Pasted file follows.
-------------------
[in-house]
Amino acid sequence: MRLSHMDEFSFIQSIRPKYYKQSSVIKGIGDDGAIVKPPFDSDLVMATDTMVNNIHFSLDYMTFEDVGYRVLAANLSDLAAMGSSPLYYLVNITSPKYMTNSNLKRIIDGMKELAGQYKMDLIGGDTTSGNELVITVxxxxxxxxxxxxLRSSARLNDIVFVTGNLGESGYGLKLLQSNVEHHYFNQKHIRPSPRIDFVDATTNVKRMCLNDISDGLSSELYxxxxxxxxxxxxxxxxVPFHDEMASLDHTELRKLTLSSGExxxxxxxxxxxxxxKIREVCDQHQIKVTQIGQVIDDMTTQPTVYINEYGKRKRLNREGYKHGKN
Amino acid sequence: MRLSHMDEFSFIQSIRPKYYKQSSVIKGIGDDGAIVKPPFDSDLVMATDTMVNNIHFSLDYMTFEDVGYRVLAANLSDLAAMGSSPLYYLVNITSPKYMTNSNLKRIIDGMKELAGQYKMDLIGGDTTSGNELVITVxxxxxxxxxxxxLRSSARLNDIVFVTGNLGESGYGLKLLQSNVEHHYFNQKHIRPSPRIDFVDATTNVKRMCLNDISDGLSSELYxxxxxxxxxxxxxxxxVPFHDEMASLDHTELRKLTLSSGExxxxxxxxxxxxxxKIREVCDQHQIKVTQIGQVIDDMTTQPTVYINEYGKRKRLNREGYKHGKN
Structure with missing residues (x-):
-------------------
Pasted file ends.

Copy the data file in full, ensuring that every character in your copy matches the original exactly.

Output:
[in-house]
Amino acid sequence: MRLSHMDEFSFIQSIRPKYYKQSSVIKGIGDDGAIVKPPFDSDLVMATDTMVNNIHFSLDYMTFEDVGYRVLAANLSDLAAMGSSPLYYLVNITSPKYMTNSNLKRIIDGMKELAGQYKMDLIGGDTTSGNELVITVxxxxxxxxxxxxLRSSARLNDIVFVTGNLGESGYGLKLLQSNVEHHYFNQKHIRPSPRIDFVDATTNVKRMCLNDISDGLSSELYxxxxxxxxxxxxxxxxVPFHDEMASLDHTELRKLTLSSGExxxxxxxxxxxxxxKIREVCDQHQIKVTQIGQVIDDMTTQPTVYINEYGKRKRLNREGYKHGKN
Amino acid sequence: MRLSHMDEFSFIQSIRPKYYKQSSVIKGIGDDGAIVKPPFDSDLVMATDTMVNNIHFSLDYMTFEDVGYRVLAANLSDLAAMGSSPLYYLVNITSPKYMTNSNLKRIIDGMKELAGQYKMDLIGGDTTSGNELVITVxxxxxxxxxxxxLRSSARLNDIVFVTGNLGESGYGLKLLQSNVEHHYFNQKHIRPSPRIDFVDATTNVKRMCLNDISDGLSSELYxxxxxxxxxxxxxxxxVPFHDEMASLDHTELRKLTLSSGExxxxxxxxxxxxxxKIREVCDQHQIKVTQIGQVIDDMTTQPTVYINEYGKRKRLNREGYKHGKN
Structure with missing residues (x-):